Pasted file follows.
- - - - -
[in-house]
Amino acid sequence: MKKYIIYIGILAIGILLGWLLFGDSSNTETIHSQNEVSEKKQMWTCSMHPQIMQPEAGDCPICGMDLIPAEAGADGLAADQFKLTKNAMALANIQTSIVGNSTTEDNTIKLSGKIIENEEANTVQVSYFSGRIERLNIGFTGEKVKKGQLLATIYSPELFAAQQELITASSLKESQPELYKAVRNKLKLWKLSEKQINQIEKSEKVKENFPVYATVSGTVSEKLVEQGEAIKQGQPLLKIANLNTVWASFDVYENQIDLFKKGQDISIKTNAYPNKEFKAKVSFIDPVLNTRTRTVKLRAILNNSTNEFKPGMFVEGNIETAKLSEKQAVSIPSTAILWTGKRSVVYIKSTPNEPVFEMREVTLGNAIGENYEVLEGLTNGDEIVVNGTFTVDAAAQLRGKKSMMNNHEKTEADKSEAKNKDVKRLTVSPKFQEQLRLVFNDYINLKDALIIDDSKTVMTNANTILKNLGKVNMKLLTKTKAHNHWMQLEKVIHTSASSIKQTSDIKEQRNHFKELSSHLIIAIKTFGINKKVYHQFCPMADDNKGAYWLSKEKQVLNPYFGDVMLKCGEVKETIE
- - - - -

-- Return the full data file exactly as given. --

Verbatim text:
[in-house]
Amino acid sequence: MKKYIIYIGILAIGILLGWLLFGDSSNTETIHSQNEVSEKKQMWTCSMHPQIMQPEAGDCPICGMDLIPAEAGADGLAADQFKLTKNAMALANIQTSIVGNSTTEDNTIKLSGKIIENEEANTVQVSYFSGRIERLNIGFTGEKVKKGQLLATIYSPELFAAQQELITASSLKESQPELYKAVRNKLKLWKLSEKQINQIEKSEKVKENFPVYATVSGTVSEKLVEQGEAIKQGQPLLKIANLNTVWASFDVYENQIDLFKKGQDISIKTNAYPNKEFKAKVSFIDPVLNTRTRTVKLRAILNNSTNEFKPGMFVEGNIETAKLSEKQAVSIPSTAILWTGKRSVVYIKSTPNEPVFEMREVTLGNAIGENYEVLEGLTNGDEIVVNGTFTVDAAAQLRGKKSMMNNHEKTEADKSEAKNKDVKRLTVSPKFQEQLRLVFNDYINLKDALIIDDSKTVMTNANTILKNLGKVNMKLLTKTKAHNHWMQLEKVIHTSASSIKQTSDIKEQRNHFKELSSHLIIAIKTFGINKKVYHQFCPMADDNKGAYWLSKEKQVLNPYFGDVMLKCGEVKETIE